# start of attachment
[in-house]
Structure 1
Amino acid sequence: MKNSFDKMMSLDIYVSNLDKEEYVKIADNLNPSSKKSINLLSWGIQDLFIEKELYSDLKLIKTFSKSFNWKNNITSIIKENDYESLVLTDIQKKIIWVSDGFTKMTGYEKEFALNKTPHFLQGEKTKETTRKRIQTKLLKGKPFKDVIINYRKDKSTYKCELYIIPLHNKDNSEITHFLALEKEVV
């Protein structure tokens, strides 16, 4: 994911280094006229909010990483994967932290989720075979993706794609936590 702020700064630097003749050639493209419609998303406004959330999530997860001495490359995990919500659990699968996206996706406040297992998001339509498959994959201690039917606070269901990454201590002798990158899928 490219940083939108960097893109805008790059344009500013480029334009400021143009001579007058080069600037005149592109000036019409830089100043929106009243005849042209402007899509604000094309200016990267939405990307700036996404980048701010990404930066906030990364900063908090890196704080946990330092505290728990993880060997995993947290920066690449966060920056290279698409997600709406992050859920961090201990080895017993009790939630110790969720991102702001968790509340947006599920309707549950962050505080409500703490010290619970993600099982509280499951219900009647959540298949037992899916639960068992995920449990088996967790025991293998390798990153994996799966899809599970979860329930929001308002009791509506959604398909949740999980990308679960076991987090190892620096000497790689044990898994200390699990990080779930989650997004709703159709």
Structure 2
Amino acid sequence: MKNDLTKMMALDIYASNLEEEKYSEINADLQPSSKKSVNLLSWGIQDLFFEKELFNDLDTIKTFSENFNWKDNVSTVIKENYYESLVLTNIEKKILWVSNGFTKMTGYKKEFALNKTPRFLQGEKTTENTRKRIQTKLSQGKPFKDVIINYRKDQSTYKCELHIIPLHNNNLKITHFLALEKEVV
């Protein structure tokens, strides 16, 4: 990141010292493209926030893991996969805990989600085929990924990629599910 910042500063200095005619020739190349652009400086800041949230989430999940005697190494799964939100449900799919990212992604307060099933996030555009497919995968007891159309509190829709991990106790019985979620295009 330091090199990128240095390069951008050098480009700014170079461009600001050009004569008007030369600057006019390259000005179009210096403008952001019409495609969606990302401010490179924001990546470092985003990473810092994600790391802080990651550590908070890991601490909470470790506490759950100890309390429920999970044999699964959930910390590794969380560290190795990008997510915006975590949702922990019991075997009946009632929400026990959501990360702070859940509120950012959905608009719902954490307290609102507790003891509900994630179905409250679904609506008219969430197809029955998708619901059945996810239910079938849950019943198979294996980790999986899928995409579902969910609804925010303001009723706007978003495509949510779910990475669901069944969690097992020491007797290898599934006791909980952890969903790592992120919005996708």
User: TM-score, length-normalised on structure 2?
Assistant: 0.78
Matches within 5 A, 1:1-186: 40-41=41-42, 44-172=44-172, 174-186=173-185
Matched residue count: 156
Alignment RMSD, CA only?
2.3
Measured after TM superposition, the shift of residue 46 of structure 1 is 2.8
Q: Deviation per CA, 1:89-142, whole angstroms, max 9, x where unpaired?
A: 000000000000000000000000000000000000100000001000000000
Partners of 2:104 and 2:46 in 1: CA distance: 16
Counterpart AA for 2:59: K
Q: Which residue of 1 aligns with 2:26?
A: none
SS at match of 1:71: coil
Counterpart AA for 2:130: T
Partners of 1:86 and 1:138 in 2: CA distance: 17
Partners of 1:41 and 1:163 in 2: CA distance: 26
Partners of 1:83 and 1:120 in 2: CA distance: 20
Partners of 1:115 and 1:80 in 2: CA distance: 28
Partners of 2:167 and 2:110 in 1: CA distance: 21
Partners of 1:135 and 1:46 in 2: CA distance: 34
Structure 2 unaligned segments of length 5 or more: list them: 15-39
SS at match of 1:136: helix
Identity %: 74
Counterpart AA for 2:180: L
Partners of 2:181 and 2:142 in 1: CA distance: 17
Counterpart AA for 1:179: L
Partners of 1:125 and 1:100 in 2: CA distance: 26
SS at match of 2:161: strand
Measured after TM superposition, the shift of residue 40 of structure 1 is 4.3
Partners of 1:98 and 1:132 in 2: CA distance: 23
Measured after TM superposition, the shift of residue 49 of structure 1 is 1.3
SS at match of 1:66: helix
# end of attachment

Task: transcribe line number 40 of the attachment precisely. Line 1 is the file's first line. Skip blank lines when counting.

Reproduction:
SS at match of 1:66: helix